Healthcare Articles

Medicare covers lung cancer screening

The Center for Medicare and Medicaid Services (CMS) covers lung cancer screening for people who meet certain criteria and seek the service at a qualified center. To be covered, a man would need to see his primary care doctor to be counseled on the pros and cons of screening and get referred to a qualified center for the testing. Screening is still available outside of Medicare but may not offer the same quality of follow-up for suspicious findings. Most findings don’t turn out to be cancer, but follow-up testing comes with potential complications, such as infection after needle biopsy of the lung. (Locked) More »

New year, new approach to health care

Thousands of family medicine practices are adopting a new model of health care delivery called a patient-centered medical home (PCMH). The PCMH turns a doctor’s practice into a physician-led team that makes a point to get to know patients, develop long-term treatment plans for them, focus on prevention, educate patients about health goals, and coordinate care with other specialists if necessary. The team must be available to patients 24 hours a day, seven days a week. Holding the team accountable to these high standards are several national accreditation programs that provide certifications and keep track of a PCMH’s progress. More »

What the Affordable Care Act means for you

The rollout of the government’s Affordable Care Act (ACA) is expected to have a minimal effect on women who are on Medicare, or who are covered under their employer’s—or their partner’s employer’s—health plan. The ACA will provide women with additional covered health services, including well-woman visits and screenings for breast, cervical, and colon cancers. (Locked) More »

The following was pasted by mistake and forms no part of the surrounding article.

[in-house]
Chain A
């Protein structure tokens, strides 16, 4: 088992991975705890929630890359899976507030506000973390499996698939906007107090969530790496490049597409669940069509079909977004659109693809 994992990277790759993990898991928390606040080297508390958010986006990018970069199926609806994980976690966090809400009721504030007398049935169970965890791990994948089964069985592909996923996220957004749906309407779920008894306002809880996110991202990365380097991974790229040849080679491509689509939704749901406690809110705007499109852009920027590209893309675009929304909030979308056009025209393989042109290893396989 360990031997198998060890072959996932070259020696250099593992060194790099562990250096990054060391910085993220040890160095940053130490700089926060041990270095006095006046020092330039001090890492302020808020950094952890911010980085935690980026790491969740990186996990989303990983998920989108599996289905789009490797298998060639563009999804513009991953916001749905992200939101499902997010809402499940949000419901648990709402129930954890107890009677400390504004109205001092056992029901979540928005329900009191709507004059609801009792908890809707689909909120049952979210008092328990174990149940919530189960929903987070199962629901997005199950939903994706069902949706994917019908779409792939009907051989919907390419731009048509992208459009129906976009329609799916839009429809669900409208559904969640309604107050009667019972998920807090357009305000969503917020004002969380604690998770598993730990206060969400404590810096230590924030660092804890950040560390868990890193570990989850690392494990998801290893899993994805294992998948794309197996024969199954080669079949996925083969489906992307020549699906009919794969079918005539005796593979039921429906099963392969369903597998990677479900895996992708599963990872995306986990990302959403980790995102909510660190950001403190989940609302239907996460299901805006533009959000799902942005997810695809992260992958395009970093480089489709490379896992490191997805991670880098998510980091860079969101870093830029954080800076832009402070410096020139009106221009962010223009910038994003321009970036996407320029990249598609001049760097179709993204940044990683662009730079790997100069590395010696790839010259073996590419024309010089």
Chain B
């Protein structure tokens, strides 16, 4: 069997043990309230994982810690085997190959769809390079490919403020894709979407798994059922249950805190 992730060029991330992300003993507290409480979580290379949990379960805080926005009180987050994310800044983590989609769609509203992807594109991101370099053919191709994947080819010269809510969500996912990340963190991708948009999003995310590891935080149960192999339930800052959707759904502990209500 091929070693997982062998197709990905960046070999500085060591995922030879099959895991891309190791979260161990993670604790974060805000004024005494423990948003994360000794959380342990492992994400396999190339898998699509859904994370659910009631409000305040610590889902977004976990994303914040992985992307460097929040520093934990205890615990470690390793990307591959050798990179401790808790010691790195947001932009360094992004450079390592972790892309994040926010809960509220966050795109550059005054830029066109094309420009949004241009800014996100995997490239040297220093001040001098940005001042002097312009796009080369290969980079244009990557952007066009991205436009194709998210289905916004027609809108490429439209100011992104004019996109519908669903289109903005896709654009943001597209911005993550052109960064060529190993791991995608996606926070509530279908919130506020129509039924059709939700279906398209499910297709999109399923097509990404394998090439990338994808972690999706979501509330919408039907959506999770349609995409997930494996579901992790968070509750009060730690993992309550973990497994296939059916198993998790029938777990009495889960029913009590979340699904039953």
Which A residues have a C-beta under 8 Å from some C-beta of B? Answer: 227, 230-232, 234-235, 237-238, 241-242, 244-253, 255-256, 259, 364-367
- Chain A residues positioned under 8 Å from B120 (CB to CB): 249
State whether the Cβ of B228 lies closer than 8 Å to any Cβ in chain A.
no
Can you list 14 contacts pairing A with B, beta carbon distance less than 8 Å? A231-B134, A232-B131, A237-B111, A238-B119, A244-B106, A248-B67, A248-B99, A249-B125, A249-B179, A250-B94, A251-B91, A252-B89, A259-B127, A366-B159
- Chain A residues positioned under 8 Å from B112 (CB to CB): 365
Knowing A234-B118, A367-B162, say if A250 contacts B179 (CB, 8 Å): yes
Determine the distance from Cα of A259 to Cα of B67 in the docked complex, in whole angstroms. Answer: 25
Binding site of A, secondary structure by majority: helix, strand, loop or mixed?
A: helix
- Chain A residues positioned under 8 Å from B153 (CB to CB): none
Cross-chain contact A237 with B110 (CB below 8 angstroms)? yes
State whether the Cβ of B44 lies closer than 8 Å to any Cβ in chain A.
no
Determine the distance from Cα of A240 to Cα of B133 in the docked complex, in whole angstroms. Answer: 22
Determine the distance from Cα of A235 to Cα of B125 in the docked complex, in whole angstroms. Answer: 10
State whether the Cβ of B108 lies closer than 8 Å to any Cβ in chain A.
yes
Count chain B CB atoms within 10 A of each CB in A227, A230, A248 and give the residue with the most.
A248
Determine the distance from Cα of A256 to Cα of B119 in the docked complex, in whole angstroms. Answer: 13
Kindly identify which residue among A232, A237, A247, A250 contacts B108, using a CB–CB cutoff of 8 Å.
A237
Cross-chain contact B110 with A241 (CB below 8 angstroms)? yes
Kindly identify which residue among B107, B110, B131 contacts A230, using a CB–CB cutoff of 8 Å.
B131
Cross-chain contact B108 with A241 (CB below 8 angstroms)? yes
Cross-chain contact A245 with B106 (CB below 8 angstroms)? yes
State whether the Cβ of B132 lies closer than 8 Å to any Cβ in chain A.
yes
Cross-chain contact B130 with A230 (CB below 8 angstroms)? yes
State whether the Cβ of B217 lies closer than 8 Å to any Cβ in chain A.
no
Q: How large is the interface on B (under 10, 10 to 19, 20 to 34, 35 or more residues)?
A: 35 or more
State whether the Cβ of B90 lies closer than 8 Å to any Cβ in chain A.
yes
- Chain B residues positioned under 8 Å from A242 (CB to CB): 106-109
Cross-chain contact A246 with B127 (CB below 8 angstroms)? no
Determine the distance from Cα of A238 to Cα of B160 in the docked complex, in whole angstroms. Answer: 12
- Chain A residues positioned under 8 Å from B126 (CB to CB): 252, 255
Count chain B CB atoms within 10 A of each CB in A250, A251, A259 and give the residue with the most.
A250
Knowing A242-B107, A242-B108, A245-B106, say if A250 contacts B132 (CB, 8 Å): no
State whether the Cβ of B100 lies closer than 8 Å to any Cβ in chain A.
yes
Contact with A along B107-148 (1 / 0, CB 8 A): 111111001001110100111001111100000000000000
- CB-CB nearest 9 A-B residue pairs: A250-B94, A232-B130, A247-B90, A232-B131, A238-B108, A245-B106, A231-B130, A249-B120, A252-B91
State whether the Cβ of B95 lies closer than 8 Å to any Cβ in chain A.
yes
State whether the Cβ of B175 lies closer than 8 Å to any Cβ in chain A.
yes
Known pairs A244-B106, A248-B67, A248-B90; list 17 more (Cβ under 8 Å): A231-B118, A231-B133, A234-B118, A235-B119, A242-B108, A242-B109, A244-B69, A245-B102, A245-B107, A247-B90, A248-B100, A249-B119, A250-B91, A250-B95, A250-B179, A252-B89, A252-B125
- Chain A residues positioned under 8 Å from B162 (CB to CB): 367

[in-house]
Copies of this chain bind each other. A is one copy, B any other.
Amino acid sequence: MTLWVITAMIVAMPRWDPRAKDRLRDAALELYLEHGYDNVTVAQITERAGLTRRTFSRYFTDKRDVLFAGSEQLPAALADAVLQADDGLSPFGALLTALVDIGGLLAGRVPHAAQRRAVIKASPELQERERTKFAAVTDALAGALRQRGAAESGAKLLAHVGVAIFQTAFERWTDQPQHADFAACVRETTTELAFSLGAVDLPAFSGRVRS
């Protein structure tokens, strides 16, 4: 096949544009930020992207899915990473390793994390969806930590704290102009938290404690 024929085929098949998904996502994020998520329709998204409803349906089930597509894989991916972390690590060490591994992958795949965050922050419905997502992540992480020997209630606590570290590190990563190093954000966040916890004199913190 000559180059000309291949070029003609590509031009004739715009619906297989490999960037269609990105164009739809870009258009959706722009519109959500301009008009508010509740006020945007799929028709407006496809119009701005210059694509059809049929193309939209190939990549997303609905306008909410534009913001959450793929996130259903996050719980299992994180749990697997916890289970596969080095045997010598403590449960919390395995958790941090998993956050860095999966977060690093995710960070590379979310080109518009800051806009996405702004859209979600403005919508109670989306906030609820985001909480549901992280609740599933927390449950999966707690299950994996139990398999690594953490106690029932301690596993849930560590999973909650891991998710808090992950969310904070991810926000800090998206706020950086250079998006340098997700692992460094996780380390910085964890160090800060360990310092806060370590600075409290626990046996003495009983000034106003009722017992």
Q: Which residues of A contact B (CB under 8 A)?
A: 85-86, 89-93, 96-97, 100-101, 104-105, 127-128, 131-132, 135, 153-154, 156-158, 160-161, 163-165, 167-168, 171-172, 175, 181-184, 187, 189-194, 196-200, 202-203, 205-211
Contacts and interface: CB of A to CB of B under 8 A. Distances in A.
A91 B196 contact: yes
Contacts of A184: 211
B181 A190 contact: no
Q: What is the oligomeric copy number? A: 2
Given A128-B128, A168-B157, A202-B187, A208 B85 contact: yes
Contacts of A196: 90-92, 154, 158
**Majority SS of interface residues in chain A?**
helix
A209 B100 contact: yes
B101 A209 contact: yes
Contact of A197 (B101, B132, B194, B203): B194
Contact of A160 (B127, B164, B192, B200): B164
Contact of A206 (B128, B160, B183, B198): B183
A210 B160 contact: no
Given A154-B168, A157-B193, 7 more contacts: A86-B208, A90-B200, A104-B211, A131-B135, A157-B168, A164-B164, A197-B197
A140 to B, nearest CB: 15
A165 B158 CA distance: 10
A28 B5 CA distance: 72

Getting your doctor to listen

Increasing time pressures, growing patient loads, and fears of malpractice lawsuits have forced many doctors to resort to a practice of “cookbook medicine,” according to Drs. Leana Wen and Joshua Kosowsky, emergency physicians at Harvard-affiliated Brigham and Women’s Hospital. Rather than listening to patients’ personal health stories and concerns, doctors put them through a barrage of tests based on their main symptom. In their new book, When Doctors Don’t Listen, Drs. Wen and Kosowsky teach patients how to be better advocates for their own health. (Locked) More »


As medical knowledge has become greater, doctors have formed various specialties. In addition, other health professional fields have been created. Here is some information about physician specialists, and other specialists, and what they do. Physicians that choose to train for a specialty complete additional training. After (typically) 4 years of medical school, they go on to internship and residency, which can take anywhere from 1-5 years (depending on the kind of residency training). Then, they go on for still more training in a specialty, which adds several more years. After completing training in a specialty, physicians take examinations to become "board-certified" in their specialty. Many of these subspecialties have formal certification requirements. Those who have certificates in subspecialties (such as cardiology) were first certified in a specialty (such as internal medicine).  More »